Code used:

chance of B,C winning the first duel while fighting each other:
PB1(b,c) := b / (b+c-b*c/100.0);
PC1(b,c) := 1- PB1(b,c);
chance of A winning while fighting the first duel against c:
Afirst(b,c) $ (b < c):= 1-b/100.0;
chance of A winning while fighting the first duel against b:
Afirst(b,c) $ (b >= c):= 1-c/100.0;
chance of A winning second duel against b:
AB(b,c) $ (b >= c):= (c-1)/(c-1 + b*(101-c)/100);
AB(b,c) $ (b < c):= (b-1)/(b-1 + b*(101-b)/100);
chance of A winning second duel against c:
AC(b,c) $ (b >= c):= (c-1)/(c-1 + c*(101-c)/100);
AC(b,c) $ (b < c):= (b-1)/(b-1 + c*(101-b)/100);
chance of B winning while A chooses optimal:
PB2(b,c) := if Afirst(b,c) < PB1(b,c)*AB(b,c) + PC1(b,c)*AC(b,c) then PB1(b,c)*(1-AB(b,c)) else ((b/100.0) $ (b<c)) + ( (b/200.0) $ (b=c)) endif;
PB2(b,c) := if Afirst(b,c) < PB1(b,c)*AB(b,c) + PC1(b,c)*AC(b,c) then 1 else (b $ (b<c)) + ( (b/2) $ (b=c)) endif;
BestB(c) := max(b,PB2(b,c)); SuccessC(b,c) $ (BestB(c) = PB2(b,c) ) := if Afirst(b,c) < PB1(b,c)*AB(b,c) + PC1(b,c)*AC(b,c) then PC1(b,c)*(1-AC(b,c)) else (c $ (b>c)) + ( (c/2) $ (b=c)) endif;

| improve this answer | |
  • $\begingroup$ I'm not sure passing is always the best strategy for the worst gun. Let's say A, B and C have chosen 10%, 11% and 100% respectively. A's surviving probability without passing is about 17.5%. If A chooses to pass however, her surviving probability drops to about 14.4%. $\endgroup$ – Eric Sep 20 at 13:28
  • $\begingroup$ You are right, hopefully my result is still correct since not passing being optimal needs extreme choices.. $\endgroup$ – Retudin Sep 20 at 14:58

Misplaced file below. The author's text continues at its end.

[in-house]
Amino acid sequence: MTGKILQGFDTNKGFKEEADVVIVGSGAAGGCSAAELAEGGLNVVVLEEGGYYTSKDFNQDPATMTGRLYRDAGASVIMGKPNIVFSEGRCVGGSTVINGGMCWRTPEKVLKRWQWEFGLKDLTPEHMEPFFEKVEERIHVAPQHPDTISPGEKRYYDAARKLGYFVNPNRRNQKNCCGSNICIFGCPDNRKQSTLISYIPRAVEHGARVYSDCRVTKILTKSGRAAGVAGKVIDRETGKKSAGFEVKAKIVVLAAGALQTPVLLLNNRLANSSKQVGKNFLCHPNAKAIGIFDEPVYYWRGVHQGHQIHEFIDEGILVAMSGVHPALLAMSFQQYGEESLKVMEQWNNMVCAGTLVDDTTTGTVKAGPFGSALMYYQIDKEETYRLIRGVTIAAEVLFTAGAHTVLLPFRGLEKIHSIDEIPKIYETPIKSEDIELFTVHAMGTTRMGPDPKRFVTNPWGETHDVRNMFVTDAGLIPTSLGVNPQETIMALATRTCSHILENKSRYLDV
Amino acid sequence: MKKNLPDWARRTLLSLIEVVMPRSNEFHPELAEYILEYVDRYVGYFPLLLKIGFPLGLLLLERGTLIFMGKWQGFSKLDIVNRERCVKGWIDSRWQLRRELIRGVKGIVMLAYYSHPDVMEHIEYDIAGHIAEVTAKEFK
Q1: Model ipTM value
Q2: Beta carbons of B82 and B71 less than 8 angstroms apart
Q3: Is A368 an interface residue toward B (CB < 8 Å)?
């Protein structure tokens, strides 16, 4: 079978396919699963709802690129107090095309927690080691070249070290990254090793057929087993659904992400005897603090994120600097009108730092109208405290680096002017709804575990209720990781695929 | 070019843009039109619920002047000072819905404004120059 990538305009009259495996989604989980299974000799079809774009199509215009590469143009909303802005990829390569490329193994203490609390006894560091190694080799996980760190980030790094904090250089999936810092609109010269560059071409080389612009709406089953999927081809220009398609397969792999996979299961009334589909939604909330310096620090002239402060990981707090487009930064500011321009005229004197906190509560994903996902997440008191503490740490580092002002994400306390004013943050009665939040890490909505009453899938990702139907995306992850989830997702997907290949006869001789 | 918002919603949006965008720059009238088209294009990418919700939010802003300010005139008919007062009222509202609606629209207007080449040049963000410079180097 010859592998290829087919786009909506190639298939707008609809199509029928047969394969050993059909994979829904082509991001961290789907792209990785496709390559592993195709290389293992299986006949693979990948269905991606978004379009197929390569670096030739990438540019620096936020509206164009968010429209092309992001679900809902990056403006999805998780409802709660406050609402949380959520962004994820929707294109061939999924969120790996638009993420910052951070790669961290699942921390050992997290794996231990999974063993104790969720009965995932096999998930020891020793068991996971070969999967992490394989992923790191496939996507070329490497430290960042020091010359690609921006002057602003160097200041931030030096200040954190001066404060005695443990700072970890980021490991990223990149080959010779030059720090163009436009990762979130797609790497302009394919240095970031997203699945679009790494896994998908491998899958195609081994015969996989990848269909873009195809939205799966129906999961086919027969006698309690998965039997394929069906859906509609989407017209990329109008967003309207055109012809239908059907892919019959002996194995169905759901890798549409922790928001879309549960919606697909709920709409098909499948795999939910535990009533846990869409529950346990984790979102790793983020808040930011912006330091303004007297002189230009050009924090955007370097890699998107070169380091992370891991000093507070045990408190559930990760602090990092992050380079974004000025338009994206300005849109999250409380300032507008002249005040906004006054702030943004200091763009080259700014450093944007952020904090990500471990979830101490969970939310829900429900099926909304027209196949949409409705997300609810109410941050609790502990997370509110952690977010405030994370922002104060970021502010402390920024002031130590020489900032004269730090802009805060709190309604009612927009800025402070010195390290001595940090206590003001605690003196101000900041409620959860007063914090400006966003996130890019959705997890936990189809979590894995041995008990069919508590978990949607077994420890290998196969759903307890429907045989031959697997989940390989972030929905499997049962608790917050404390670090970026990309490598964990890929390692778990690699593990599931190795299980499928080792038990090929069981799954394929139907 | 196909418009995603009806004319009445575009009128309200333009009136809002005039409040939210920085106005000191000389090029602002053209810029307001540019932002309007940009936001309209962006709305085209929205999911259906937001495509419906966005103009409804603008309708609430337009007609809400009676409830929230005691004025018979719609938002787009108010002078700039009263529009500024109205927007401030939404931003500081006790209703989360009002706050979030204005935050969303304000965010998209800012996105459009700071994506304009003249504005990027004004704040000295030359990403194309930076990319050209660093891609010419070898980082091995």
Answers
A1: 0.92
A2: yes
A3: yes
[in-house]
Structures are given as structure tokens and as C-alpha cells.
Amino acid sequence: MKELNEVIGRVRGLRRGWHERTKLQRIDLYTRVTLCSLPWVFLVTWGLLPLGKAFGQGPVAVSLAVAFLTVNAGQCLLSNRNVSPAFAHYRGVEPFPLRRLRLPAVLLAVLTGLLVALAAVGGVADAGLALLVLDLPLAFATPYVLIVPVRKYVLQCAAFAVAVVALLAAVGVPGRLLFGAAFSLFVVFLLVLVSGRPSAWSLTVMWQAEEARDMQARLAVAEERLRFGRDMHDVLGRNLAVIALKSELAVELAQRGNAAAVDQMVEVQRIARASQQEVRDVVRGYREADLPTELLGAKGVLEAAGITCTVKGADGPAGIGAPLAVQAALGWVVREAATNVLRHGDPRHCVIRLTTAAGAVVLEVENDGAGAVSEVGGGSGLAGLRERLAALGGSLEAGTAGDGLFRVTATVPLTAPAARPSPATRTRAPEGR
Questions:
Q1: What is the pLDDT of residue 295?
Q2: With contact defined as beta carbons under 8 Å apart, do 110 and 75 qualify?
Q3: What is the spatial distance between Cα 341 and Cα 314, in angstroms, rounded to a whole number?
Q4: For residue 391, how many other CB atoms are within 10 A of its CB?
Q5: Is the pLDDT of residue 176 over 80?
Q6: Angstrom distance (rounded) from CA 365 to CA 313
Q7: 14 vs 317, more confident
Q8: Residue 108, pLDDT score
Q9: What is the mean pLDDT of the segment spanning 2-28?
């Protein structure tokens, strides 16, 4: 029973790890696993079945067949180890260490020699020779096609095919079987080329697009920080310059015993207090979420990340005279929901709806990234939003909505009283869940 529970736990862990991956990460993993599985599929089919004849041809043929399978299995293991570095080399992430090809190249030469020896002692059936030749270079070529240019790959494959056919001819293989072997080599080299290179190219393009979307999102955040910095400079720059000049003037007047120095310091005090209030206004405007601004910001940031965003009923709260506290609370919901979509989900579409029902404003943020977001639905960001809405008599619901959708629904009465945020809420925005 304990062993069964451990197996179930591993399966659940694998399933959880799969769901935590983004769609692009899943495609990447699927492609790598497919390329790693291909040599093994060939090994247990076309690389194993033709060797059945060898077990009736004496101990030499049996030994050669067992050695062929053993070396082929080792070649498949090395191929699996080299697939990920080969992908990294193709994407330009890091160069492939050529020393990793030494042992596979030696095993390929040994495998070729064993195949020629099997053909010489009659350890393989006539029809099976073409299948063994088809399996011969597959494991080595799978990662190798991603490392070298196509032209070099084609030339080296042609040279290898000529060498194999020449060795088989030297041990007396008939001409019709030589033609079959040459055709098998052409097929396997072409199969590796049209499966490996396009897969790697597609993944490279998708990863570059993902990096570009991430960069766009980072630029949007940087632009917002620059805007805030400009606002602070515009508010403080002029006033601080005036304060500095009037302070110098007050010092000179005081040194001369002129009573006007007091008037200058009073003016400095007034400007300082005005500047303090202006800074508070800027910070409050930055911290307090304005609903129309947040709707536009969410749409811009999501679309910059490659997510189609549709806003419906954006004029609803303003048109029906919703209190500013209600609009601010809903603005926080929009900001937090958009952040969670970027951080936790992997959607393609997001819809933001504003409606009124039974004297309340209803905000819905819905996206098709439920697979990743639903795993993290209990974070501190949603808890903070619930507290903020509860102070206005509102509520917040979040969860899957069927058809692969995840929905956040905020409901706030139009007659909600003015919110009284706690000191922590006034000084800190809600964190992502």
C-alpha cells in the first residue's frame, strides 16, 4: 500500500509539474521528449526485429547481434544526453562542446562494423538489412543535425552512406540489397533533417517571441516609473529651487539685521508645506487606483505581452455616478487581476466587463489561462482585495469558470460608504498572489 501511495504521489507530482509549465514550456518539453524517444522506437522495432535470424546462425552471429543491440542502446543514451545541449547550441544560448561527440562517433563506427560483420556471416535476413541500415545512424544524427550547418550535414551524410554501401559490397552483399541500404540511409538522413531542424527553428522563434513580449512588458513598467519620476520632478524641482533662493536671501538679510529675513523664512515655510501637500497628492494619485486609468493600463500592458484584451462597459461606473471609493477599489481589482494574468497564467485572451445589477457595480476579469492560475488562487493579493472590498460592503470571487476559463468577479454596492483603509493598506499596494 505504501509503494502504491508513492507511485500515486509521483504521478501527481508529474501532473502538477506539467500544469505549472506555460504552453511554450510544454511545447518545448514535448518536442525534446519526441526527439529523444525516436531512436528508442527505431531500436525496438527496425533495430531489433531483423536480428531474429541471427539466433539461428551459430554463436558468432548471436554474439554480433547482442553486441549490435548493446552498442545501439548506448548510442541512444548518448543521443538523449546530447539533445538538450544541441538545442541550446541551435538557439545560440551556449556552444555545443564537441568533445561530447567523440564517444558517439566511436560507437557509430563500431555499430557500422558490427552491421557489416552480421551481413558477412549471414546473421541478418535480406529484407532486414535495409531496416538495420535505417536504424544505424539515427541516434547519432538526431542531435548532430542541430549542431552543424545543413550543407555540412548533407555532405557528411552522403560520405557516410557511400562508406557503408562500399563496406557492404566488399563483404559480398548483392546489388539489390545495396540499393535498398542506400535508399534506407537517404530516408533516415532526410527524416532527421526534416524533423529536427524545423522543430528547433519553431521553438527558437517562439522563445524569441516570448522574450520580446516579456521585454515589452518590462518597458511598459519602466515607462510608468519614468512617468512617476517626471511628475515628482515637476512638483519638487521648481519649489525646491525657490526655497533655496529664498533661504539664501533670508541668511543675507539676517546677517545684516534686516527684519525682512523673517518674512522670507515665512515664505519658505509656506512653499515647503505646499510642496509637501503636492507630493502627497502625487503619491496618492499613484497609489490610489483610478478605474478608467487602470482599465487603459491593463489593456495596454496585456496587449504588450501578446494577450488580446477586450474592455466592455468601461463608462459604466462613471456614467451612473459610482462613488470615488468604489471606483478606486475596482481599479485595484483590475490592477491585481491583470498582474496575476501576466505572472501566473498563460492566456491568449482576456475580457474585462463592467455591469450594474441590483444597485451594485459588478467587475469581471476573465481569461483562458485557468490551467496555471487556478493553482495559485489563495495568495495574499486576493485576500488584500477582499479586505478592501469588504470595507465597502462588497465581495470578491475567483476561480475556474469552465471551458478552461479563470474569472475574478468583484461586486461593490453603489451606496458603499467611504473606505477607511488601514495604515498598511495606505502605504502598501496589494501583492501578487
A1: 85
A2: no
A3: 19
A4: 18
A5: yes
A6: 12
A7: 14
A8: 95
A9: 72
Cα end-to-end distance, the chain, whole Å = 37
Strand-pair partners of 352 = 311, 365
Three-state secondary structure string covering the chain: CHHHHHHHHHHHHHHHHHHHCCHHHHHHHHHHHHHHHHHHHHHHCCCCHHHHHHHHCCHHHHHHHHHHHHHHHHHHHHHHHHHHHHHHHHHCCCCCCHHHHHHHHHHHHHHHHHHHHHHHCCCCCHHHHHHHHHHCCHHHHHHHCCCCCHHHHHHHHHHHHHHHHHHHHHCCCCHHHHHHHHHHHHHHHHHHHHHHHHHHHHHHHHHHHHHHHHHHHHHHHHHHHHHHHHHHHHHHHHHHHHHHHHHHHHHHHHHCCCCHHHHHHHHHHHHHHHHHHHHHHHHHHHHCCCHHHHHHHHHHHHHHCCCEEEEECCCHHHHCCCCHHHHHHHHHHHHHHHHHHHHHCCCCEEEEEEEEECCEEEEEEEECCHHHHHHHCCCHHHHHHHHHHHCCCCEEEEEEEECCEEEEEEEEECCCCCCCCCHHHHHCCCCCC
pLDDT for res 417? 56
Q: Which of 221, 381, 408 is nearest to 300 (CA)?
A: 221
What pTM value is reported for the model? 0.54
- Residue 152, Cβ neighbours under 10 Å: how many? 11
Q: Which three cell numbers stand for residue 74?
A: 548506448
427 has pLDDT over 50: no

• $\begingroup$ @Eric extended my reasoning to handle your observation $\endgroup$ – Retudin Sep 21 at 6:24
  • $\begingroup$ Won't C be better off choosing 100? Then B will choose 59, and A will choose 58. A waits to duel with the survivor of B and C. In this situation C will have 17.22% surviving probability, much better than 3.95% given by your strategy. $\endgroup$ – Eric Sep 22 at 5:14
  • $\begingroup$ No, in that case B is better of choosing 50%. Then A will choose 100%. 50% chance to win is better for B then he what he gets in your scenario. $\endgroup$ – Retudin Sep 22 at 15:25

Answer to Q2: all players choose 100%: C chooses 100%. Then B knows: A will never shoot B. Because, if A would hit, C would kill A. So B chooses 100% as well. Now A applies the same reasoning: no matter what A does on the first turn (shoot at C or pass), B will not shoot at A, because if B would hit, C would kill B. In order to maximize the survivability against the survivor of B and C player A chooses 100%.

Now all players hit 100%: the first to fire a shoot will be killed by the survivor. Since all players have equally `worse' probability to hit, they are all allowed to pass. So all players survive indefinitely.

| improve this answer | |
  • $\begingroup$ A could instead take a 99% win chance over a draw by selecting the 99% gun and passing. In most scoring systems this leads to a significant increase in expected value. $\endgroup$ – Sconibulus Sep 18 at 14:43
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    $\begingroup$ Well I guess you caught a bug in my description of the problem. When I say the worst gun is allowed to pass, I mean the worst in the strict sense. If not, there's no need for C to choose 100℅ gun. C choose any x℅ gun, then B will choose x gun too, knowing this will forcing A to choose x, making all three survive 100℅. Although the game never ends (yes, this IS a bug!) $\endgroup$ – Eric Sep 20 at 3:10
  • $\begingroup$ @Eric. No. Suppose C and B choose the 1% gun. A is not forced to choose the 1% gun; the 100% gun has a 99% chance of winning. $\endgroup$ – Mark Tilford Sep 20 at 12:58
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    $\begingroup$ @MarkTilford the problem is, 99% surviving probability is worse than 100%, if you forever passing counts as surviving. Players maximize their own surviving probabilities. The only way out is to allow only the strictly worst gun to pass turns. $\endgroup$ – Eric Sep 20 at 13:06